2. I can’t believe that you are able to take advantage of your work trips and see some of the most beautiful locations in the world. Not only see them, but ride and workout when you are doing so. This was an excellent post running head to head with the Jordan trip report.

  3. Glad you enjoyed my city :)
    Sometimes I forget how amazing the place I live is.
    As Alistair already posted, the reason for the extra cyclists is because they are all training for the Argus Cycle Tour (link to and the runners are training for the Two Oceans Marathon (link to

  4. French, always the same, everywhere in the world.
    As part of our honeymoon, we went with my wife to NZ, each time that we were ashamed with tourists ill-behaving, it was some fellows compatriots…

  5. Awesome pictures. Cape Town really looks beautiful, might have to take my wife there some day when the kiddos are grown.

  6. Beau

    Can we hope to see a posting of this South Africa video sometime in the future? That EZ trainer app is looking more appealing if we get to benefit from your global rides…

  7. Great write up of Cape Town. It’s one of my bucket list of places to visit. I read that you had your GoPro HD with you…review of that coming soon?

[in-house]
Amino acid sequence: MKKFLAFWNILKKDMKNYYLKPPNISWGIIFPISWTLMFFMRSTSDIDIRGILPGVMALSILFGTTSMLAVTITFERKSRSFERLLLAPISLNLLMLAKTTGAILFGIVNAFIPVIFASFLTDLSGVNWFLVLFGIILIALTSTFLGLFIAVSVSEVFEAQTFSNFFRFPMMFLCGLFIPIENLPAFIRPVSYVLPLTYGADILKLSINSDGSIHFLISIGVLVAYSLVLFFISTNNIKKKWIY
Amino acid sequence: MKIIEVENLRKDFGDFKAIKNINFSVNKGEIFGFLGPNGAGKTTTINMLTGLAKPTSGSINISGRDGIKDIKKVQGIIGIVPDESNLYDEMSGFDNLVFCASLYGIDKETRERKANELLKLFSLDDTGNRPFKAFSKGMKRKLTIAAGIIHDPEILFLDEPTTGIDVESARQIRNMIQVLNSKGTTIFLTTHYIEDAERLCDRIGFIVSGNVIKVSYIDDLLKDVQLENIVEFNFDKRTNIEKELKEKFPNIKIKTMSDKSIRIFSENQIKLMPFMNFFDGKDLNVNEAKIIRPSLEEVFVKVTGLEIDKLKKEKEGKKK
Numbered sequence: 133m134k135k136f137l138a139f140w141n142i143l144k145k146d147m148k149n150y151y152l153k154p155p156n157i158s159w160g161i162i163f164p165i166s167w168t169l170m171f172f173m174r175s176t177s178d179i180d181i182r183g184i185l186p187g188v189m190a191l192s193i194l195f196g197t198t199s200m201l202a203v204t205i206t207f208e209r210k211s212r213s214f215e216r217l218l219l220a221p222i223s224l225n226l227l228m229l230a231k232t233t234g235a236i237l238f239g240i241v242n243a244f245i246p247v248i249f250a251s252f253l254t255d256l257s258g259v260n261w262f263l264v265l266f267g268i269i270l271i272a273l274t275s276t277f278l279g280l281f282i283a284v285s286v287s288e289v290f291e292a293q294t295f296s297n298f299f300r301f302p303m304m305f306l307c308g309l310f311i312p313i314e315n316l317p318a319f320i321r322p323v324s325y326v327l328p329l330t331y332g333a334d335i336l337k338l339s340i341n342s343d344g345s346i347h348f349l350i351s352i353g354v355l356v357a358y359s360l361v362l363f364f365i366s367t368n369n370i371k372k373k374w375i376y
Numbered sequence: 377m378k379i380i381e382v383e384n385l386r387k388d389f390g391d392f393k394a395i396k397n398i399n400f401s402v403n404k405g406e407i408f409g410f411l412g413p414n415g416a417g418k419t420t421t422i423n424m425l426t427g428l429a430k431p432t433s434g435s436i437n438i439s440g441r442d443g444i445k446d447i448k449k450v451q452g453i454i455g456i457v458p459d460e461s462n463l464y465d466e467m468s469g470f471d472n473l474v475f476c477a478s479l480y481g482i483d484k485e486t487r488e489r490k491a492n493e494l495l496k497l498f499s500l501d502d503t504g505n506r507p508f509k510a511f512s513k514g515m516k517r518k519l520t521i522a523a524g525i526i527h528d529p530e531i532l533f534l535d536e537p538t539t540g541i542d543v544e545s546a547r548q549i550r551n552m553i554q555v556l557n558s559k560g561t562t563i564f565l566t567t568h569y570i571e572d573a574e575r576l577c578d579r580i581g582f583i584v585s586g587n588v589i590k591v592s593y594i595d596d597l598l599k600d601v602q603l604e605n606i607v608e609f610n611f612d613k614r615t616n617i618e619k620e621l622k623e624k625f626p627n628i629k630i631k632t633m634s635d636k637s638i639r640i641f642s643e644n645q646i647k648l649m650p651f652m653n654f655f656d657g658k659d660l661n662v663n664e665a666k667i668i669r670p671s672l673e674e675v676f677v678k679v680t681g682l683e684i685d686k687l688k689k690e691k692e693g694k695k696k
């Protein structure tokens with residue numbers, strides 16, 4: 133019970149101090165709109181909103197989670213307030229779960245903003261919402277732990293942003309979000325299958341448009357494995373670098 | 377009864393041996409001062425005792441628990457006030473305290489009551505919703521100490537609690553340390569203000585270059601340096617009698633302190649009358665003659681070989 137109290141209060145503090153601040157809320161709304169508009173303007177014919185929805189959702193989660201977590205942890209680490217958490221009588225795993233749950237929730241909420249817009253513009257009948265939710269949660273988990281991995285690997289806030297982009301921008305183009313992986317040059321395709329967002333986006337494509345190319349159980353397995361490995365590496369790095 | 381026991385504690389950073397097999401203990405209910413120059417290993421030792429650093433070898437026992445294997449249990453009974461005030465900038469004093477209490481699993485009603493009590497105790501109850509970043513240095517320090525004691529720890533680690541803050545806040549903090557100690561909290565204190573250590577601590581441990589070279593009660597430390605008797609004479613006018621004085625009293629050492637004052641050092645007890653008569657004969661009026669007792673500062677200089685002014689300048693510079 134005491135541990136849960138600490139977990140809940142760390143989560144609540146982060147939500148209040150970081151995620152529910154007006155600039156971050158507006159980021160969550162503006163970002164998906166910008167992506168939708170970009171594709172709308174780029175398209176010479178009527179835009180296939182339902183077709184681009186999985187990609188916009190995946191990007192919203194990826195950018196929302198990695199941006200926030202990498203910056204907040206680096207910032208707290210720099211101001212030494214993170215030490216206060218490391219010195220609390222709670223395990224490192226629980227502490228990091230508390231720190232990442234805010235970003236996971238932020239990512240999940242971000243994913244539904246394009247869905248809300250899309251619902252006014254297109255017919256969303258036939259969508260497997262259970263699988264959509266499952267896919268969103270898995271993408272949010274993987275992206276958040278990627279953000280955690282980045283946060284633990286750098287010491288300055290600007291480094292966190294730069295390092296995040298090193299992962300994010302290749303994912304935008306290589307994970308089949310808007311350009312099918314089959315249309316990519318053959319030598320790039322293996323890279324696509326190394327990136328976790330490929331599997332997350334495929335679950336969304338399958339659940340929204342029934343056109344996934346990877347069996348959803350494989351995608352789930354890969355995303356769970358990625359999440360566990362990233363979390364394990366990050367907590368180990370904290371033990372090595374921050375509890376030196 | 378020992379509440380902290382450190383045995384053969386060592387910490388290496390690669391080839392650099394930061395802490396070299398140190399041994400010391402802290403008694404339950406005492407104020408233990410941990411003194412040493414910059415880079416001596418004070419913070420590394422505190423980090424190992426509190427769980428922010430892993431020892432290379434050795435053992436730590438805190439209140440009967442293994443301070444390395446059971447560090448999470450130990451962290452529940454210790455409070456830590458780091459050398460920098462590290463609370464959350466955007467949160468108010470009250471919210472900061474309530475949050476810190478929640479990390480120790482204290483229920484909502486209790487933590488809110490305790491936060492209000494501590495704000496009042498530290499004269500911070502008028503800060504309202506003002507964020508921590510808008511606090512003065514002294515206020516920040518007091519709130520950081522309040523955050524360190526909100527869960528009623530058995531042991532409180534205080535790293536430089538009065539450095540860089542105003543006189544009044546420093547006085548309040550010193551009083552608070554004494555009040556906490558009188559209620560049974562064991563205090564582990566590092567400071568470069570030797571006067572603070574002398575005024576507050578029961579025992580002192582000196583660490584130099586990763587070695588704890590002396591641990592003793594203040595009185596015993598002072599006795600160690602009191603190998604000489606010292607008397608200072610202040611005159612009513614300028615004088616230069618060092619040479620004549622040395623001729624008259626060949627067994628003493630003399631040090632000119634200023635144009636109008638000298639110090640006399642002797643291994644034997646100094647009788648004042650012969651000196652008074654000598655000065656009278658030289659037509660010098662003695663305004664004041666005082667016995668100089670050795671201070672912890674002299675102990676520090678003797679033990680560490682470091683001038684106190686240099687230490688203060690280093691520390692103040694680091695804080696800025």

8. Thanks all!

    RE: The GoPro HD Video

    I havne’t quite decided on a full review of it – or if I’ll do more of an athletes view of it.

    Regarding posting the video so you can ride using EZ-Trainer (or the like) – that was originally my intention, though, the bumpiness of the video means at least one of the two days is just too rough to use. I do think the first day though, one of the middle 40 minutes (which encompasses the best chunk of scenery) is quite usable. So I’ll see if I can get that posted when I get back. Unfortunately, the hotel internets here in Africa have been pretty rough for uploading.

  9. Gorgeous photos. I may have to put South Africa on the “to visit” list.

  10. One of my best riding buddies is from SA so I’ve gotten to hear a lot about it. LOVE all the wildlife photos :-) The coastline reminds me so much of Northern California and then you see penguins!